Wave overtopping prediction using global-local artificial neural networks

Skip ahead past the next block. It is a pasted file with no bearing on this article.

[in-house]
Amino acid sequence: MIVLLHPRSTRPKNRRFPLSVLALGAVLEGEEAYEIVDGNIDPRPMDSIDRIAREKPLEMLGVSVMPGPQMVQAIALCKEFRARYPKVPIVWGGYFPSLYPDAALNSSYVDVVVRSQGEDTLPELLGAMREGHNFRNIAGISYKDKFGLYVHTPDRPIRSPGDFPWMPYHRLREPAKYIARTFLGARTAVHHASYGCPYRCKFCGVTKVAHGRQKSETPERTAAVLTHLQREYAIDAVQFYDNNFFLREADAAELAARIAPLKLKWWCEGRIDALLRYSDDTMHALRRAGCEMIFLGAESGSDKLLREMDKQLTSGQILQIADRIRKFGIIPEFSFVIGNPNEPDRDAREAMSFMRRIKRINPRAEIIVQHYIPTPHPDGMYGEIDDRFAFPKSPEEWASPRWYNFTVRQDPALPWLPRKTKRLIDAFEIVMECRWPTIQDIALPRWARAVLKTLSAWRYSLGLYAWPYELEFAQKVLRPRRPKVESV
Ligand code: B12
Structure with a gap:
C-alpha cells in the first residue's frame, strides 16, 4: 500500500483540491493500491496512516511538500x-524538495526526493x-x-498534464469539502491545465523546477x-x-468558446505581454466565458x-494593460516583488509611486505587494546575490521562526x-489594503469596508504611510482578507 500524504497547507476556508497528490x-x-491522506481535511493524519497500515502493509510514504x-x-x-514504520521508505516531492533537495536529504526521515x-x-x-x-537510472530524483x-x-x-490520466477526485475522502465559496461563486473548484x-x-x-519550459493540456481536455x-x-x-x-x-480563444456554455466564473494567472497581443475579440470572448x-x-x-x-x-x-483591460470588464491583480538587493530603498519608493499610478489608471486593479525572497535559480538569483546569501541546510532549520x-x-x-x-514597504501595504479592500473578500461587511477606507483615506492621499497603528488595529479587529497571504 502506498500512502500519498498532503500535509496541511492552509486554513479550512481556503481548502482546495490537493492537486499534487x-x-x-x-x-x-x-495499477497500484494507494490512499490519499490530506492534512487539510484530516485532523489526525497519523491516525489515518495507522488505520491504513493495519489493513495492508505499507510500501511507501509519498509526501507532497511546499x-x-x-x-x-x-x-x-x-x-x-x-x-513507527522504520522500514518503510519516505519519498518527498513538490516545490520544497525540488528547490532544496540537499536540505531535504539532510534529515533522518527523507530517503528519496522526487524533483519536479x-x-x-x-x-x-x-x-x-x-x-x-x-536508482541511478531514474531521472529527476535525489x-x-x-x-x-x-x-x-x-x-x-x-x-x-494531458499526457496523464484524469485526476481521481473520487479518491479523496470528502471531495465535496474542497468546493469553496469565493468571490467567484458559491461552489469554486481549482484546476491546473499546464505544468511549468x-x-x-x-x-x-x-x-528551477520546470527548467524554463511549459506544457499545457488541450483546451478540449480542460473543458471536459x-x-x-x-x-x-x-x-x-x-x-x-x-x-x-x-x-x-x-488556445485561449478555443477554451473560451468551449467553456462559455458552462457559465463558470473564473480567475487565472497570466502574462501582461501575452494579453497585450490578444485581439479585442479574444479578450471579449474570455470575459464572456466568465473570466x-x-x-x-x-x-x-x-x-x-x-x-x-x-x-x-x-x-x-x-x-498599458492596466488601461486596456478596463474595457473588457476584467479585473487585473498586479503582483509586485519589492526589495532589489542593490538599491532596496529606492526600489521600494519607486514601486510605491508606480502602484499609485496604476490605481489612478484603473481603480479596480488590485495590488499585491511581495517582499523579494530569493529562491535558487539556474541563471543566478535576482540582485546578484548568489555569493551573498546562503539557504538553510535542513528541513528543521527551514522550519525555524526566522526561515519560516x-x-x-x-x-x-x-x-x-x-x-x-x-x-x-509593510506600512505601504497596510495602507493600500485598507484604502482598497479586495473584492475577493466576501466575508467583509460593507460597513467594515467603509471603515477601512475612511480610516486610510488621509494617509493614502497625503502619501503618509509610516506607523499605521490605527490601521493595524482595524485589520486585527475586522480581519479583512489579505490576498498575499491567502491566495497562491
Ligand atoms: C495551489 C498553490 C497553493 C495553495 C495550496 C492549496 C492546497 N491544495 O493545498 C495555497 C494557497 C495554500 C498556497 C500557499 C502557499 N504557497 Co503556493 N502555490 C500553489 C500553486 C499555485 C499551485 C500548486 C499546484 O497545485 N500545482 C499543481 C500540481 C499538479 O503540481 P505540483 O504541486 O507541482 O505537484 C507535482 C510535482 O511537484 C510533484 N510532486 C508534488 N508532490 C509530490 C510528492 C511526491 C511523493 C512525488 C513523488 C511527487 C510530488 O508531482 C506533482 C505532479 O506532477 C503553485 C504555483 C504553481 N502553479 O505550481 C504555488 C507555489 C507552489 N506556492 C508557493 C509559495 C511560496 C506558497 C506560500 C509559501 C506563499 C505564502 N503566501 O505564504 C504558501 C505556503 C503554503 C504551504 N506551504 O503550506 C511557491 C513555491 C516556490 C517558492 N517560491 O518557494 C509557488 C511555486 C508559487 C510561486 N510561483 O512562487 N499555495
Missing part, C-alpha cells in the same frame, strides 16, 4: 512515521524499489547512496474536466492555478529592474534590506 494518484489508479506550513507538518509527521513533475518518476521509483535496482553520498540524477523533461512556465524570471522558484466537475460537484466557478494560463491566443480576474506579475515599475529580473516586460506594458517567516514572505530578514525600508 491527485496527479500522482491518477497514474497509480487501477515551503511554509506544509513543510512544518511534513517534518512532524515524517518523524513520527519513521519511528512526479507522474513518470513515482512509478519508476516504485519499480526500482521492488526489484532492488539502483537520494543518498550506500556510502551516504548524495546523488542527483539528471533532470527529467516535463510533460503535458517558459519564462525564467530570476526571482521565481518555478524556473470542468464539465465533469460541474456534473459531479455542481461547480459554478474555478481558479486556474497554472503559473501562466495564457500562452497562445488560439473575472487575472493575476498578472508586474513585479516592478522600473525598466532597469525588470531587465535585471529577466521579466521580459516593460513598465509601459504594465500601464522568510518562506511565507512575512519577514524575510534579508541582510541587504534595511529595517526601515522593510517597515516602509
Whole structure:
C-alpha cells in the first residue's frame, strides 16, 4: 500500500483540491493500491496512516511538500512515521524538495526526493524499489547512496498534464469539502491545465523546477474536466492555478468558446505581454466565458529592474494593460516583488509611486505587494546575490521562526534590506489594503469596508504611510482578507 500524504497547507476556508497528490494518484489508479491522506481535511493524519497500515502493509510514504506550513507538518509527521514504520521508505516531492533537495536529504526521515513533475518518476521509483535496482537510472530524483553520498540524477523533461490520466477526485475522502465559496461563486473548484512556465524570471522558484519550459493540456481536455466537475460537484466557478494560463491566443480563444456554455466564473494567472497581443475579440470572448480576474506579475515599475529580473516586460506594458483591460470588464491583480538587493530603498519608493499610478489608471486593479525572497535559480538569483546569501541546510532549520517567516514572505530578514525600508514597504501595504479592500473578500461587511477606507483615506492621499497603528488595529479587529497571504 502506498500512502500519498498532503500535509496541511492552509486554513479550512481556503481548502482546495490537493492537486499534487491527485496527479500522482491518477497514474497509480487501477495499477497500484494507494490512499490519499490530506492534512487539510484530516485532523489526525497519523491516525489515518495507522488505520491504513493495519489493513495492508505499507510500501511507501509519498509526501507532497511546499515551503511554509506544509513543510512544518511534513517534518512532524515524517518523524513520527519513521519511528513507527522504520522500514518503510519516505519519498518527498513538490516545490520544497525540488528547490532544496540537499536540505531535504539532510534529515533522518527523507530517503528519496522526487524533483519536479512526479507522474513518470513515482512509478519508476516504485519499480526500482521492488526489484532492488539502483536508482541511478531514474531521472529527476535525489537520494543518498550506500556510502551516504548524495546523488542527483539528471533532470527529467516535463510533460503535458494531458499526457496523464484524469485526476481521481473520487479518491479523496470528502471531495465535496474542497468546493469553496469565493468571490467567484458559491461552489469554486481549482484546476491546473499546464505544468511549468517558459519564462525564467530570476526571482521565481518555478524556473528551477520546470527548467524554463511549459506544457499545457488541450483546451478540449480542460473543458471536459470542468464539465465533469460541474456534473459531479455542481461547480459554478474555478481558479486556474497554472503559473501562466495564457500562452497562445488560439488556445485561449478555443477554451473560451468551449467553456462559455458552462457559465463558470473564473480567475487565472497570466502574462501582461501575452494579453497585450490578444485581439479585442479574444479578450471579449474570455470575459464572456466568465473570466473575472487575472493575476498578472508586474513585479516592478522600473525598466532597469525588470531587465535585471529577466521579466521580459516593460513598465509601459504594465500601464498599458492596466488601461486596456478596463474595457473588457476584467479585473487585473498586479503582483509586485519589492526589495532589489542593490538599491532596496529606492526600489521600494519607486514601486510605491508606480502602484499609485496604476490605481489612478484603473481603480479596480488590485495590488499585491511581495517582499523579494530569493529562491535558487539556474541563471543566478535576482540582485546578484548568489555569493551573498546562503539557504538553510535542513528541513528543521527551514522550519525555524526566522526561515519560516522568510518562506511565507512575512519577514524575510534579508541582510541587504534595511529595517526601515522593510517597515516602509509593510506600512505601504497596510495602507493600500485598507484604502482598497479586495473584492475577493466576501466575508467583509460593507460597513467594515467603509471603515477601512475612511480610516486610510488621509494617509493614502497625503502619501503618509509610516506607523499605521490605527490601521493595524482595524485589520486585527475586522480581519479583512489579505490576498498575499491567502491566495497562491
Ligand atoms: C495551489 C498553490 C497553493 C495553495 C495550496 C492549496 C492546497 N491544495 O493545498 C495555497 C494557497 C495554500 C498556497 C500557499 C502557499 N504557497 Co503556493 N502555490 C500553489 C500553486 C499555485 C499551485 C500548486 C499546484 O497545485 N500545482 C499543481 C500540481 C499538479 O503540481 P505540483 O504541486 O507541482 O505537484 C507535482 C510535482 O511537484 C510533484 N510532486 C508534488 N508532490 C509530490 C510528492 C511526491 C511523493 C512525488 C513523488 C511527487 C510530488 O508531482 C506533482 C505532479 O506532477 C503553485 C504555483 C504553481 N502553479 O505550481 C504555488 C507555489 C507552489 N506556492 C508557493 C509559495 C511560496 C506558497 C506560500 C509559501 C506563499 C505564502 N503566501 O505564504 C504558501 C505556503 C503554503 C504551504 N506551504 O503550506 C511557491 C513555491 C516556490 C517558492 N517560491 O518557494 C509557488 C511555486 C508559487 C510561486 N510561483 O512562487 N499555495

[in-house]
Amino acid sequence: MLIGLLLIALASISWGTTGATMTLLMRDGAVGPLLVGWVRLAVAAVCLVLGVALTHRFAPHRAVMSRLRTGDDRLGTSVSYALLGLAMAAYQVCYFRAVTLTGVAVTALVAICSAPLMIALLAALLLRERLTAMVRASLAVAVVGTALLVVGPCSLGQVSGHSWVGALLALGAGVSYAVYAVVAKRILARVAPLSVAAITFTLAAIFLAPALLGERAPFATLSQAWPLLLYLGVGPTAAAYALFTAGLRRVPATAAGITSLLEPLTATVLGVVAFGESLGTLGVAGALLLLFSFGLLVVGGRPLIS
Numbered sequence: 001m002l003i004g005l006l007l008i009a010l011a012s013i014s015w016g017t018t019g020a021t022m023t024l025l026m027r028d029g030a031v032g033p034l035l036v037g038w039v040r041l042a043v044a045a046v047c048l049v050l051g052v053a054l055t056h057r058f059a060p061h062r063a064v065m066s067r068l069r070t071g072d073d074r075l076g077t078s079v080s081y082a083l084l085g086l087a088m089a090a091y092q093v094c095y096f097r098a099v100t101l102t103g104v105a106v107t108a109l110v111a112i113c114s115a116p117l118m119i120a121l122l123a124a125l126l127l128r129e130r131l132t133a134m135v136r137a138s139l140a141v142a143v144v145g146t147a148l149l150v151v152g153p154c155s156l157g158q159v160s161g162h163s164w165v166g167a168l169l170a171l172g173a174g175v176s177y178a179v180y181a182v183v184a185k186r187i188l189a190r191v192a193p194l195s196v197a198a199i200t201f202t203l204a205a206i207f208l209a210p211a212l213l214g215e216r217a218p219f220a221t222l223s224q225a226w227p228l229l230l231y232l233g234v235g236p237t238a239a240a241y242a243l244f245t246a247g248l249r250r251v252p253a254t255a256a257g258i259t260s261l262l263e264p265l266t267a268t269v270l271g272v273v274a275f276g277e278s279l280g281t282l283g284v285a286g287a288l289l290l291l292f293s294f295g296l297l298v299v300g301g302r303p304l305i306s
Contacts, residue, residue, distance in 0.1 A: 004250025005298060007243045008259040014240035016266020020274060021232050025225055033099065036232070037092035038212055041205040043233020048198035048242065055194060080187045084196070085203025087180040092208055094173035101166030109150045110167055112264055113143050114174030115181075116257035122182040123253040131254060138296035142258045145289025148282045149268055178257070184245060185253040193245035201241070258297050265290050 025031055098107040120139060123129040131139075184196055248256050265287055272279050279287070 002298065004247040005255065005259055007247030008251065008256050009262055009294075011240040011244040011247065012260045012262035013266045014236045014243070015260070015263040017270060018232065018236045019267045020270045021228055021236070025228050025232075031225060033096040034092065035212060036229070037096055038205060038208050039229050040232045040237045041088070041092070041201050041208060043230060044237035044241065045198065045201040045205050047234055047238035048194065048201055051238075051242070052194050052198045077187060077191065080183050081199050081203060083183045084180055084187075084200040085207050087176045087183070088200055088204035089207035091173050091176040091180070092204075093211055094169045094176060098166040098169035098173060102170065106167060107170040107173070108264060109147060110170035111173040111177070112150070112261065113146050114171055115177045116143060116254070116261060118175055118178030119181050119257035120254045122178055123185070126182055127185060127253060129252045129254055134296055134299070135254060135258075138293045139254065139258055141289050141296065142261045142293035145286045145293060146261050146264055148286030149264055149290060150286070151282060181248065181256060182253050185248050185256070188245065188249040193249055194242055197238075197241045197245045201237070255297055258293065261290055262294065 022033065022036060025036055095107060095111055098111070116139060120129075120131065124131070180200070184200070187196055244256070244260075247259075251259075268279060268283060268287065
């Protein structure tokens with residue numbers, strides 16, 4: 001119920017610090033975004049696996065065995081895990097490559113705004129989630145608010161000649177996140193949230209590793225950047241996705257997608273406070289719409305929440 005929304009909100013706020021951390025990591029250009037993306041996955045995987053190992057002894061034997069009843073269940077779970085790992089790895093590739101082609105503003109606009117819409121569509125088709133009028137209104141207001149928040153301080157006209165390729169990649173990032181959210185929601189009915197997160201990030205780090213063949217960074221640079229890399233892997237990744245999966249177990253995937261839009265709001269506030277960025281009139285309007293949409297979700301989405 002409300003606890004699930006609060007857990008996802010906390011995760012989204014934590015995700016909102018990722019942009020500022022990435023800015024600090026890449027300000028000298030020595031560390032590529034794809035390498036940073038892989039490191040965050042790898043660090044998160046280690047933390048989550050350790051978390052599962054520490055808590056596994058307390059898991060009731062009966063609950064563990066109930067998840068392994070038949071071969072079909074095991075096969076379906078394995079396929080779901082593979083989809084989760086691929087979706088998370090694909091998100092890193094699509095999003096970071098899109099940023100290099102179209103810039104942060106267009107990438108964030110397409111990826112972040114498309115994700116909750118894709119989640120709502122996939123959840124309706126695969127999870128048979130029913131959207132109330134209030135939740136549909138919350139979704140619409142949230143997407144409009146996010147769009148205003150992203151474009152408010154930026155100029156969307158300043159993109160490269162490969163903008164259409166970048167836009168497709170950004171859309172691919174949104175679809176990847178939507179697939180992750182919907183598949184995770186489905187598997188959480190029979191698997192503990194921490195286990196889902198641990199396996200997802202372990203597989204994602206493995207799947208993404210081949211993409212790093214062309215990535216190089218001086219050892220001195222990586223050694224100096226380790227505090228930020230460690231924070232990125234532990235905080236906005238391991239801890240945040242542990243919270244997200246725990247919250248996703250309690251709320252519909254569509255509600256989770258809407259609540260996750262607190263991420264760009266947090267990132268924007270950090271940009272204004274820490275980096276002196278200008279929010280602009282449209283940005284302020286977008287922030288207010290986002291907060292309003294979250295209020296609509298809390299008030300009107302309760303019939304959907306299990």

The construction of sea walls requires accurate predictions of hazard levels. These are commonly expressed in terms of wave overtopping rates. A large amount of data related to wave overtopping has recently become available. Use of this data has allowed the development of artificial neural networks, which have the aim of accurately predicting wave overtopping rates. The available data cover a wide range of structural configurations and sea conditions. The neural networks created therefore constitute a unified, generic approach to the problem of wave overtopping prediction. Neural network models are developed using two standard approaches: multi-layer perceptron (MLP) networks and radial basis function (RBF) networks. A novel hybrid approach is then developed. The hybrid networks combine the properties of MLP and RBF networks. This is achieved firstly through a hybrid architecture, which contains artificial neurons of the types used in both MLP and RBF networks. Secondly, the hybrid networks are trained using a hybrid algorithm which combines the gradient descent method usually associated with MLP networks with a more deterministic forward-selection-of-centres method commonly used by RBF networks. The hybrid networks are shown to have better generalisation properties with the overtopping dataset than have basic MLP or RBF networks. They have been named 'global-local artificial neural networks' (GL-ANNs) to reflect their ability to model both global and local variation in an input-output mapping. The properties of GL-ANNs are explored further through the use of a number of benchmark datasets. It is shown that GL-ANNs often contain fewer neurons than the corresponding RBF networks and have less need of regularisation when setting interneuronal weights. Some criteria for determining whether the GL-ANN approach is likely to be beneficial for a particular dataset are also developed. Such datasets are seen to be those that have inter-parameter relationships that operate on both a local and global level. The overtopping dataset used within this study is seen to be typical of such datasets.